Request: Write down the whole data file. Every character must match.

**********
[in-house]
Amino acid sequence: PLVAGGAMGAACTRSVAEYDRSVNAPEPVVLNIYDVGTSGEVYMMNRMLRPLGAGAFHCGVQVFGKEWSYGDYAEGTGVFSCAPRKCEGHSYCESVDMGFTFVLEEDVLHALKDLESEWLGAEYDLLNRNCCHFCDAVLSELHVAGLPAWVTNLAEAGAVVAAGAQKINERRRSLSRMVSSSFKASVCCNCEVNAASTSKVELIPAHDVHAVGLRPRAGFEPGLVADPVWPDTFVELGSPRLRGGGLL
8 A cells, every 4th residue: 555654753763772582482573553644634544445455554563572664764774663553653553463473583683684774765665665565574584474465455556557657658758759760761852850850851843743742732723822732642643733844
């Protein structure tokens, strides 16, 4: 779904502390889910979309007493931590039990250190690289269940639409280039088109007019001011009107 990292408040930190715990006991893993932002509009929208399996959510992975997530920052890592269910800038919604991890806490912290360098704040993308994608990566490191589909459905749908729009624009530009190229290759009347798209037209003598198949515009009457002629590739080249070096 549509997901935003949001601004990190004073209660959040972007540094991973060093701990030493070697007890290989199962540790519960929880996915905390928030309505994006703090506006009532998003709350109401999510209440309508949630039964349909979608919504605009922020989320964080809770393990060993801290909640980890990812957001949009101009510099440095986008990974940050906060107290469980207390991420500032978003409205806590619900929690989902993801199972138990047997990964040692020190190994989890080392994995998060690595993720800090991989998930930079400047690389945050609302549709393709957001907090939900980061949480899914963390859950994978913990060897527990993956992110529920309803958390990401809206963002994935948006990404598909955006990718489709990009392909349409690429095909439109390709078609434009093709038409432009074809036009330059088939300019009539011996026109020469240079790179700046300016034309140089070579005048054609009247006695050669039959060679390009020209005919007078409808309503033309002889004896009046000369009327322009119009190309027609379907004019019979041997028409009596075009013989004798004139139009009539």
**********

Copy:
[in-house]
Amino acid sequence: PLVAGGAMGAACTRSVAEYDRSVNAPEPVVLNIYDVGTSGEVYMMNRMLRPLGAGAFHCGVQVFGKEWSYGDYAEGTGVFSCAPRKCEGHSYCESVDMGFTFVLEEDVLHALKDLESEWLGAEYDLLNRNCCHFCDAVLSELHVAGLPAWVTNLAEAGAVVAAGAQKINERRRSLSRMVSSSFKASVCCNCEVNAASTSKVELIPAHDVHAVGLRPRAGFEPGLVADPVWPDTFVELGSPRLRGGGLL
8 A cells, every 4th residue: 555654753763772582482573553644634544445455554563572664764774663553653553463473583683684774765665665565574584474465455556557657658758759760761852850850851843743742732723822732642643733844
């Protein structure tokens, strides 16, 4: 779904502390889910979309007493931590039990250190690289269940639409280039088109007019001011009107 990292408040930190715990006991893993932002509009929208399996959510992975997530920052890592269910800038919604991890806490912290360098704040993308994608990566490191589909459905749908729009624009530009190229290759009347798209037209003598198949515009009457002629590739080249070096 549509997901935003949001601004990190004073209660959040972007540094991973060093701990030493070697007890290989199962540790519960929880996915905390928030309505994006703090506006009532998003709350109401999510209440309508949630039964349909979608919504605009922020989320964080809770393990060993801290909640980890990812957001949009101009510099440095986008990974940050906060107290469980207390991420500032978003409205806590619900929690989902993801199972138990047997990964040692020190190994989890080392994995998060690595993720800090991989998930930079400047690389945050609302549709393709957001907090939900980061949480899914963390859950994978913990060897527990993956992110529920309803958390990401809206963002994935948006990404598909955006990718489709990009392909349409690429095909439109390709078609434009093709038409432009074809036009330059088939300019009539011996026109020469240079790179700046300016034309140089070579005048054609009247006695050669039959060679390009020209005919007078409808309503033309002889004896009046000369009327322009119009190309027609379907004019019979041997028409009596075009013989004798004139139009009539």